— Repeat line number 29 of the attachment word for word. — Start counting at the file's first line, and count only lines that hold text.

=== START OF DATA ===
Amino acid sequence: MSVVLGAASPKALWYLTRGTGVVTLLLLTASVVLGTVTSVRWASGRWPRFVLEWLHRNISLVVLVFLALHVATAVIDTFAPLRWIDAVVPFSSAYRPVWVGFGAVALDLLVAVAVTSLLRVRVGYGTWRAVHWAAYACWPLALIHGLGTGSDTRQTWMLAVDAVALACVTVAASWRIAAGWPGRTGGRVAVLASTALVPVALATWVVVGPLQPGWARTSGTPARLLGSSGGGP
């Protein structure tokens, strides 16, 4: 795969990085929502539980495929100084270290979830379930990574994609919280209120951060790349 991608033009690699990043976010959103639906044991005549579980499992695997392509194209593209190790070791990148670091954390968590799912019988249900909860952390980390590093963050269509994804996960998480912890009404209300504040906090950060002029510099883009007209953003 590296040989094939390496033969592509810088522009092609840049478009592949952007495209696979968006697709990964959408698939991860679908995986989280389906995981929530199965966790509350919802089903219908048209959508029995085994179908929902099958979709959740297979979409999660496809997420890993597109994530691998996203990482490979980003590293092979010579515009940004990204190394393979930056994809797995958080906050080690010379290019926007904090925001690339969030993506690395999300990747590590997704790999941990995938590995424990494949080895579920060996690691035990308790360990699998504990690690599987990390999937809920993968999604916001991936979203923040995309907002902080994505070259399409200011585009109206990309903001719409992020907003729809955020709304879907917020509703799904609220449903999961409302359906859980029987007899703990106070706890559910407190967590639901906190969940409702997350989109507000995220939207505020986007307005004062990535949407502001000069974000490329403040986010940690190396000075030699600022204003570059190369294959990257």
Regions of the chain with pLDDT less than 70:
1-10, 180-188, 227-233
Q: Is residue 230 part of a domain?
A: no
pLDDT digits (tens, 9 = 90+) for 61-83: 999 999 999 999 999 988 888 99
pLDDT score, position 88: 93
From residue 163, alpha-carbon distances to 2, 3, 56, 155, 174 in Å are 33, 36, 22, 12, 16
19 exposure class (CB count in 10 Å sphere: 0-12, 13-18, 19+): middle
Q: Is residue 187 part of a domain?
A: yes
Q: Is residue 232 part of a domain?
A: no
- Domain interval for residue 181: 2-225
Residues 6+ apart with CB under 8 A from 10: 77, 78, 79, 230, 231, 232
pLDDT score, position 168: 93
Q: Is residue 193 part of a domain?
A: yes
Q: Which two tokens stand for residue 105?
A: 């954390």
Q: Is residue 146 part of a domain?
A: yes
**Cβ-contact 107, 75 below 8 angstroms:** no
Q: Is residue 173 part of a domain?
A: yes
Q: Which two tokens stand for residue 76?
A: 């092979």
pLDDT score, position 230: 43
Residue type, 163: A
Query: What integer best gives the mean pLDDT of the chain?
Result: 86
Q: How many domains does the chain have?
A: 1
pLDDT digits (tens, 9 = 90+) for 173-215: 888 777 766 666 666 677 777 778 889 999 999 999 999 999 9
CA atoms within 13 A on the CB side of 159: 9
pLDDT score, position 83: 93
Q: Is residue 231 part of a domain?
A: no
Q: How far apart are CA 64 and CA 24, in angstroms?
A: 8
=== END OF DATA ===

pLDDT score, position 230: 43